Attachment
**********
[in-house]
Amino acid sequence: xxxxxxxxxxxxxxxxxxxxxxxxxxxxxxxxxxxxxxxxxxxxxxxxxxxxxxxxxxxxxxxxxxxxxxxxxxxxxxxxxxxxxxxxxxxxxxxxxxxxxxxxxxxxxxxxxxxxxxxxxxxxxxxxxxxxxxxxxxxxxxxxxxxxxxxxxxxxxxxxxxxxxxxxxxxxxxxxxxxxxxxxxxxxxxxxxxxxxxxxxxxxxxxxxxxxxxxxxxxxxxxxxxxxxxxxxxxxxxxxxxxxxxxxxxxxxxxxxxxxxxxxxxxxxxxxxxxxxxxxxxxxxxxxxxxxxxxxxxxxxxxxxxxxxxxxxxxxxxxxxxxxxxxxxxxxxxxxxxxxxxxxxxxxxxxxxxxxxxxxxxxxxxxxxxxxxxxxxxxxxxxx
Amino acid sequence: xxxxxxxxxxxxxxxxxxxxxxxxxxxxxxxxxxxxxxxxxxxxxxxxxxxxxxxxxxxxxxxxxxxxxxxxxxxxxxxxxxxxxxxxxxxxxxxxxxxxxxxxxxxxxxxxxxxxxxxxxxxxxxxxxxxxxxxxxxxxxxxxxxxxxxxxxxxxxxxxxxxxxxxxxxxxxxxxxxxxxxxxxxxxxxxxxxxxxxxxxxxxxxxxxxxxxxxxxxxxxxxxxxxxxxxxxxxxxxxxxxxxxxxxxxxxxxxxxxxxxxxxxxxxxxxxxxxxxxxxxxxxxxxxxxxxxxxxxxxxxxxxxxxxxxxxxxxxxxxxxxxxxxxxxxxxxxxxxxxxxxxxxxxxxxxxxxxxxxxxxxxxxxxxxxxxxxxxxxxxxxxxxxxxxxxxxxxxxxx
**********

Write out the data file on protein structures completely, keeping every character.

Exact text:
[in-house]
Amino acid sequence: xxxxxxxxxxxxxxxxxxxxxxxxxxxxxxxxxxxxxxxxxxxxxxxxxxxxxxxxxxxxxxxxxxxxxxxxxxxxxxxxxxxxxxxxxxxxxxxxxxxxxxxxxxxxxxxxxxxxxxxxxxxxxxxxxxxxxxxxxxxxxxxxxxxxxxxxxxxxxxxxxxxxxxxxxxxxxxxxxxxxxxxxxxxxxxxxxxxxxxxxxxxxxxxxxxxxxxxxxxxxxxxxxxxxxxxxxxxxxxxxxxxxxxxxxxxxxxxxxxxxxxxxxxxxxxxxxxxxxxxxxxxxxxxxxxxxxxxxxxxxxxxxxxxxxxxxxxxxxxxxxxxxxxxxxxxxxxxxxxxxxxxxxxxxxxxxxxxxxxxxxxxxxxxxxxxxxxxxxxxxxxxx
Amino acid sequence: xxxxxxxxxxxxxxxxxxxxxxxxxxxxxxxxxxxxxxxxxxxxxxxxxxxxxxxxxxxxxxxxxxxxxxxxxxxxxxxxxxxxxxxxxxxxxxxxxxxxxxxxxxxxxxxxxxxxxxxxxxxxxxxxxxxxxxxxxxxxxxxxxxxxxxxxxxxxxxxxxxxxxxxxxxxxxxxxxxxxxxxxxxxxxxxxxxxxxxxxxxxxxxxxxxxxxxxxxxxxxxxxxxxxxxxxxxxxxxxxxxxxxxxxxxxxxxxxxxxxxxxxxxxxxxxxxxxxxxxxxxxxxxxxxxxxxxxxxxxxxxxxxxxxxxxxxxxxxxxxxxxxxxxxxxxxxxxxxxxxxxxxxxxxxxxxxxxxxxxxxxxxxxxxxxxxxxxxxxxxxxxxxxxxxxxxxxxxxxx